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Veterinarian Technician June 2009 (Vol 30, No 6)

Nutrition Know-How — Dealing with Diarrhea Woes

by Ann Wortinger, BIS, LVT, VTS (ECC, SAIM, Nutrition)

    The causes of diarrhea range from self-limiting to life-threatening, making diagnosis and treatment largely a process of elimination.

    Diarrhea is any change in the frequency, consistency, or volume of bowel movements or stools.1 It is one of the most common clinical signs of gastrointestinal (GI) disease but also can reflect disorders outside the digestive system that affect the small or large bowel and lead to diarrhea. There are four major types of diarrhea with different mechanisms of action.

    Large volumes of water are normally secreted into the small intestinal lumen, but a majority of this water is efficiently absorbed before reaching the large intestine. Diarrhea occurs when secretion of water into the intestinal lumen exceeds absorption.

    Diarrhea can present as either a small bowel disorder involving the duodenum, jejunum, and ileum or a large bowel disorder involving the colon. Presenting signs are the easiest way to distinguish the two causes. Small bowel disorders typically present with weight loss, poor body condition, vomiting, borborygmus, and flatulence, whereas large bowel disorders are generally characterized by mucus, blood, tenesmus, severe cramping, discomfort, and straining to defecate.1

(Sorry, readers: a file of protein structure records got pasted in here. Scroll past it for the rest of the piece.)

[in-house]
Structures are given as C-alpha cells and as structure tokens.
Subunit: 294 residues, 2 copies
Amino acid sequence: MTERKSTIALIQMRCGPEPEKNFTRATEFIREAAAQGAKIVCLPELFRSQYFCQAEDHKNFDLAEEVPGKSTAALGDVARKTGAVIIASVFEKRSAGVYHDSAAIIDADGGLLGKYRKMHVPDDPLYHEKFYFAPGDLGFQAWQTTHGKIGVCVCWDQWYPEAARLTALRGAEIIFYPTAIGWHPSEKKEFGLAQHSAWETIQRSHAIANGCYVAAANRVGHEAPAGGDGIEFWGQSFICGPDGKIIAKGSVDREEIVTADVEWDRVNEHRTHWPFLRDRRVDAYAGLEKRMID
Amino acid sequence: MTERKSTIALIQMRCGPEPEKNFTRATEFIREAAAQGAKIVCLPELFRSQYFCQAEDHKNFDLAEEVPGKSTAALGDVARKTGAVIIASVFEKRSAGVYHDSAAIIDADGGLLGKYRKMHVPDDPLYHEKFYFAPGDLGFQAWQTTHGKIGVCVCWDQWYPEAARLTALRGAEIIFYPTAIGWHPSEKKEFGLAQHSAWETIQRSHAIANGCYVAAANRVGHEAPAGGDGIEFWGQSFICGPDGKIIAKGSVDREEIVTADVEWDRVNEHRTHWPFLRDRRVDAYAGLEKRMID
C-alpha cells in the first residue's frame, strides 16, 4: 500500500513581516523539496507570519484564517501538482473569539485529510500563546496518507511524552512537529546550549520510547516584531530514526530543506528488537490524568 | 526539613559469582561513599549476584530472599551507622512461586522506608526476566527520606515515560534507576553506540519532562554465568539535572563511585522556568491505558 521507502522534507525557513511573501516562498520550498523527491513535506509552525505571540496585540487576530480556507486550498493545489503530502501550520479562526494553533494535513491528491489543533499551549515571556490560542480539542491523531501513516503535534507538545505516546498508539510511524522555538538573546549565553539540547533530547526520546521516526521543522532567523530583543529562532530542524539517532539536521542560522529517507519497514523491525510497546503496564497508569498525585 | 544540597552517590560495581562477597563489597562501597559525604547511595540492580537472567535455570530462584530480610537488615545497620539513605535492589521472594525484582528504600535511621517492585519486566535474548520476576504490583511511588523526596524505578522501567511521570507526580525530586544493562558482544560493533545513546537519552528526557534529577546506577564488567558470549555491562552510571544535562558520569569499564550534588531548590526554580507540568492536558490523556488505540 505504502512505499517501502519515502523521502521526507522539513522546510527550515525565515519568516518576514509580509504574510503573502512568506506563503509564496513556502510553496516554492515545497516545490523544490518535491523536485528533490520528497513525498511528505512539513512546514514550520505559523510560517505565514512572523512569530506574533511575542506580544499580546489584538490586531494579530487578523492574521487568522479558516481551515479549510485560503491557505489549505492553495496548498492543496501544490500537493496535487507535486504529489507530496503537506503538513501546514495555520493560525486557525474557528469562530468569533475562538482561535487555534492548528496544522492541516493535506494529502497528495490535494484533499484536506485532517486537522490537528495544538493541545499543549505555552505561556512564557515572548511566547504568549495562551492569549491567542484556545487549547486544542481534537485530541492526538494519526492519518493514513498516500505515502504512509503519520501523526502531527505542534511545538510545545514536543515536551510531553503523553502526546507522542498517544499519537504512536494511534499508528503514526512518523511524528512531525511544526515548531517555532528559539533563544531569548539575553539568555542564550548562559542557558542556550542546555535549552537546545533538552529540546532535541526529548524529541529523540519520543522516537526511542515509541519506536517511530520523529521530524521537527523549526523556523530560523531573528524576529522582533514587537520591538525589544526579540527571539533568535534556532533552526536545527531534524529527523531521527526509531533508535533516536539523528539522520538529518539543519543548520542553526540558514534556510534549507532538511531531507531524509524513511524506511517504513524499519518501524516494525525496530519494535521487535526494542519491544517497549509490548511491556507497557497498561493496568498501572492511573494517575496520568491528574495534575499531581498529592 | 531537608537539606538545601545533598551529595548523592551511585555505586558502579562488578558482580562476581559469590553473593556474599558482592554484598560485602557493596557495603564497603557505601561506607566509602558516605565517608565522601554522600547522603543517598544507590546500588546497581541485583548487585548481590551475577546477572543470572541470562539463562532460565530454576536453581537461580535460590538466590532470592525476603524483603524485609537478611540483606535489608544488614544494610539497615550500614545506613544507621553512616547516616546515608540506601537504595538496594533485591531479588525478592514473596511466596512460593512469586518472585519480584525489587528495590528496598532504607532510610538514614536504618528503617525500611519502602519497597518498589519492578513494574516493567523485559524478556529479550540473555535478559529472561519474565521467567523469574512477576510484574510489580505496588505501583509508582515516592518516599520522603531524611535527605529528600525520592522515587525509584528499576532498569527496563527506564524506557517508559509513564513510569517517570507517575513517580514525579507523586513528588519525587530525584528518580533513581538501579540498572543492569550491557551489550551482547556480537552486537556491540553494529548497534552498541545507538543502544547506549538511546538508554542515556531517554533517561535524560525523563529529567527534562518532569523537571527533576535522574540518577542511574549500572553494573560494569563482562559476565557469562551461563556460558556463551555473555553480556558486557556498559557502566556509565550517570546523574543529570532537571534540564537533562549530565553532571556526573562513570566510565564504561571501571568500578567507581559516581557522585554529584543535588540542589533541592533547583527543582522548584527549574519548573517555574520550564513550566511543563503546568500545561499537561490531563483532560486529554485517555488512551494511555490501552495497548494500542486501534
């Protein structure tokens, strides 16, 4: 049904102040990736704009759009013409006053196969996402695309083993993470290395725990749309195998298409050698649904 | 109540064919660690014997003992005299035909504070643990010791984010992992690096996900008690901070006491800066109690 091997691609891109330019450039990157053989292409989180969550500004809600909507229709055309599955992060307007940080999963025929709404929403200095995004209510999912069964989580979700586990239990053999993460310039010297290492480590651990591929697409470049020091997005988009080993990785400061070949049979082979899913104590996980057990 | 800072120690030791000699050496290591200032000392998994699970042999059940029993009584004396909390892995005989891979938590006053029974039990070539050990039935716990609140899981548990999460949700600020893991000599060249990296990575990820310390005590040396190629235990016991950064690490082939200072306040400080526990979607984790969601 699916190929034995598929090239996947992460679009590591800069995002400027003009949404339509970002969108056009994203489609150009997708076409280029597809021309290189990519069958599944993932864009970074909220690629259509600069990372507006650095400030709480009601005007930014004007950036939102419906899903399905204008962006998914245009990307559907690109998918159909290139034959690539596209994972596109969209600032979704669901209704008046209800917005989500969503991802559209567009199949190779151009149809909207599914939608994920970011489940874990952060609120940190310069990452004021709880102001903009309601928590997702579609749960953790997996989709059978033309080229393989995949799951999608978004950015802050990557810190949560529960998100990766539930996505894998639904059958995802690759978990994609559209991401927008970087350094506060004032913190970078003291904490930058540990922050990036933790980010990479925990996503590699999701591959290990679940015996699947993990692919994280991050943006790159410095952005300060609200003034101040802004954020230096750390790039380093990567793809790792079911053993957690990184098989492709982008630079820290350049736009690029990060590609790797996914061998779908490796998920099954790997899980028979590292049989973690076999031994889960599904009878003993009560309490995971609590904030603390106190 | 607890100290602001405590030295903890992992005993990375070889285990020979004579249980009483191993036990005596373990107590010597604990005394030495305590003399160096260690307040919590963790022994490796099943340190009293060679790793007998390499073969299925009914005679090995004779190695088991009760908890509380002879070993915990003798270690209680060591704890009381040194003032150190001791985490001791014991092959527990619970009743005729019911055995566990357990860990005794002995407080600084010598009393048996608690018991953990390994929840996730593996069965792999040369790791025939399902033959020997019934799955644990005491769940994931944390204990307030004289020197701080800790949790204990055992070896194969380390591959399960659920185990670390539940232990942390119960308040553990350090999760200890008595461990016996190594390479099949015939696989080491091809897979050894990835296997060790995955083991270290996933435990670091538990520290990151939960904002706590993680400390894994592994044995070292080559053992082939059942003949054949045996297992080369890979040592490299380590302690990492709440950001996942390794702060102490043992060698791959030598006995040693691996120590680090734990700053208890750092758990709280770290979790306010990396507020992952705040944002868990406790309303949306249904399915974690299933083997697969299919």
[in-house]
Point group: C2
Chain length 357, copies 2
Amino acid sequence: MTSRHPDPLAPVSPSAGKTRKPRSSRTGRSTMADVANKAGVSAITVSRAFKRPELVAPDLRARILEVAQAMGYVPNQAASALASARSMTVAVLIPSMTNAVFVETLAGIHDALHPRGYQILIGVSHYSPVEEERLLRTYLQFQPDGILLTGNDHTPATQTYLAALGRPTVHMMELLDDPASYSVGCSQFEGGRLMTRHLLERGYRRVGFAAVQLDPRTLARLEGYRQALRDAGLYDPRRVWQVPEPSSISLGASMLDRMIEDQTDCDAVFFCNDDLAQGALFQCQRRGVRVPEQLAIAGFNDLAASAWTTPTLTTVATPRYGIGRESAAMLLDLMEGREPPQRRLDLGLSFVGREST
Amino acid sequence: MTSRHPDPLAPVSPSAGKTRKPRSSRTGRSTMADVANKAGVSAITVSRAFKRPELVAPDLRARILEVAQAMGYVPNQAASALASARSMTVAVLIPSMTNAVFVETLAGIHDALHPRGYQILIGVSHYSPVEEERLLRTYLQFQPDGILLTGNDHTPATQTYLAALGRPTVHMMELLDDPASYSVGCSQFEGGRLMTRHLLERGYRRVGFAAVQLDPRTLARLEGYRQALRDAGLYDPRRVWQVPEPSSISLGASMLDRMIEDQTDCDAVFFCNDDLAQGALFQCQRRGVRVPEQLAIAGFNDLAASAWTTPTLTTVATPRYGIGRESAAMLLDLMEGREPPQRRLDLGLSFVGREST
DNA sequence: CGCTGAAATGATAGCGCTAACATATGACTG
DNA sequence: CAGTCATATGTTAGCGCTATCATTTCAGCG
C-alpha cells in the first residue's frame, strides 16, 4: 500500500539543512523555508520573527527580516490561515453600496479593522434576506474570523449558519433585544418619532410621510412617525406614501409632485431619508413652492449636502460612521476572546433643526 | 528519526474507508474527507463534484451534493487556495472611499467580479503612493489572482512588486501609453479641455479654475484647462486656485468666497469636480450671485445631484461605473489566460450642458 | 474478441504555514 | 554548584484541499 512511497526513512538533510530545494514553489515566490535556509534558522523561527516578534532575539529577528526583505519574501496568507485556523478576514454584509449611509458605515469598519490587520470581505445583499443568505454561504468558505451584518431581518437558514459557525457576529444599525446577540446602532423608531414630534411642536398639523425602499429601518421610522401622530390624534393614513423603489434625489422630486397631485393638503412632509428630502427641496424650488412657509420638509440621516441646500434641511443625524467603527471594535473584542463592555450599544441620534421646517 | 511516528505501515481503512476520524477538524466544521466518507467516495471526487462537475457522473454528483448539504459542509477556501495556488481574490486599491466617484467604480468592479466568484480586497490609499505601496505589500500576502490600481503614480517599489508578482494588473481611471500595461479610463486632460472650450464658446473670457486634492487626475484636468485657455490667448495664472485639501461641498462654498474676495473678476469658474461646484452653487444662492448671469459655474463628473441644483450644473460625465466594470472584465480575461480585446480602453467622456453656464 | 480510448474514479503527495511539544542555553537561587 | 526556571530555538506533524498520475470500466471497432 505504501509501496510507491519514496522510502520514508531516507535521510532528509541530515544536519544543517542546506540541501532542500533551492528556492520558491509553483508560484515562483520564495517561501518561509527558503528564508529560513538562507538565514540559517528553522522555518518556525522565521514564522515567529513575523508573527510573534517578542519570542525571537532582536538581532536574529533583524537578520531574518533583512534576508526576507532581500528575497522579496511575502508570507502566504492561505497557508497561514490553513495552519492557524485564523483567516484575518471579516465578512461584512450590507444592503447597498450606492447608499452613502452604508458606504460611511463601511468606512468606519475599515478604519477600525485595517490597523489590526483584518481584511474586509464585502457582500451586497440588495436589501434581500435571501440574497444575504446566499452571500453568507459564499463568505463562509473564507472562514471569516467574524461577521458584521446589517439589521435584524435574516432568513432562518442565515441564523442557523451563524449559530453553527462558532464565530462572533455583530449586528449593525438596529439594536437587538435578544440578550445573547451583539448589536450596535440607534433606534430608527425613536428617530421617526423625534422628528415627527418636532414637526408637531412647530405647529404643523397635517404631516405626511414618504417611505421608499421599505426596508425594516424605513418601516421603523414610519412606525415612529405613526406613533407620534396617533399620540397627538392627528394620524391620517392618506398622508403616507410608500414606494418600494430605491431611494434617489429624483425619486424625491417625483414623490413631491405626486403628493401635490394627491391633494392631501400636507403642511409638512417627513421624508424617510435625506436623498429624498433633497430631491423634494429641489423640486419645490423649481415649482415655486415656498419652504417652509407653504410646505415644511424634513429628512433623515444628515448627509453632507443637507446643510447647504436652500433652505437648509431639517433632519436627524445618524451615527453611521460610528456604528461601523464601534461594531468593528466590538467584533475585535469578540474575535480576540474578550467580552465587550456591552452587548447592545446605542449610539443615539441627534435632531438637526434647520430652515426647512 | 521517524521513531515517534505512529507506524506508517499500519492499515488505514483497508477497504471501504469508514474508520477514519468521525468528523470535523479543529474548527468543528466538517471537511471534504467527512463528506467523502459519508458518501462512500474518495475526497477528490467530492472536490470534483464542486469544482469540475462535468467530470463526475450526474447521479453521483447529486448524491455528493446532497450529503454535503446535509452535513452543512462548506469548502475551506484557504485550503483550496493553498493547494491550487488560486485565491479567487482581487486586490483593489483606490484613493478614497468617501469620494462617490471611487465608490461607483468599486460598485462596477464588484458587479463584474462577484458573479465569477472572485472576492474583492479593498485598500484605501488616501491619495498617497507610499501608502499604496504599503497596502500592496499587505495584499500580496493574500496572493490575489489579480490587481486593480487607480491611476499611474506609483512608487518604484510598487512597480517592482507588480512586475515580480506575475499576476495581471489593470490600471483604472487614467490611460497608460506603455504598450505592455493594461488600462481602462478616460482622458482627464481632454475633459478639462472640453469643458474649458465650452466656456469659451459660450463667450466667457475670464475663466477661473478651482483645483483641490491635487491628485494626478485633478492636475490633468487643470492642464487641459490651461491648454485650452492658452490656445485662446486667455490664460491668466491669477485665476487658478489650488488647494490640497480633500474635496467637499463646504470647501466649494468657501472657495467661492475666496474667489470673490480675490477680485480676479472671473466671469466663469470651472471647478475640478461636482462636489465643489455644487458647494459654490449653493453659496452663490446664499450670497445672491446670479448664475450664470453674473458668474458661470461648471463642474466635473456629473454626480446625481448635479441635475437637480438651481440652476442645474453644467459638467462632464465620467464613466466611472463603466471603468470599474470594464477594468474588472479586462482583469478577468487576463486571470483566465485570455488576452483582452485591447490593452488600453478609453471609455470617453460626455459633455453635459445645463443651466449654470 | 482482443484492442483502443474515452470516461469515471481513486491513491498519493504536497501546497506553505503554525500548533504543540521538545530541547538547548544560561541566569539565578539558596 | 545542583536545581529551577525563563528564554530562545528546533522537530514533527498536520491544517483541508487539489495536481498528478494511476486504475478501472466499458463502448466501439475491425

Diarrhea can be caused by anything that disrupts the normal function of the GI tract, usually affecting one of the four mechanisms of action. These can be divided into several categories, depending on whether the diarrhea is acute or chronic (see Causes of Canine and Feline Diarrhea).1

    Osmotic Diarrhea

    Osmotic diarrhea is associated with the retention of solutes within the intestines because of failure associated with absorption or digestion.1,2 This type of diarrhea can occur with pancreatic exocrine insufficiency (PEI) and diseases of the small intestines, such as small intestinal bacterial overgrowth (SIBO). Diseases that cause severe inflammation can alter the permeability of the GI tract and can raise the hydrostatic pressure, not only increasing fluid loss but also diverting proteins from the bloodstream into the intestines (protein-losing enteropathy [PLE]).2

    Osmotic diarrhea typically results from one of two situations:

    • Ingestion of a poorly absorbed substrate — The offending molecule is usually a carbohydrate or divalent ion. Common examples include mannitol or sorbitol.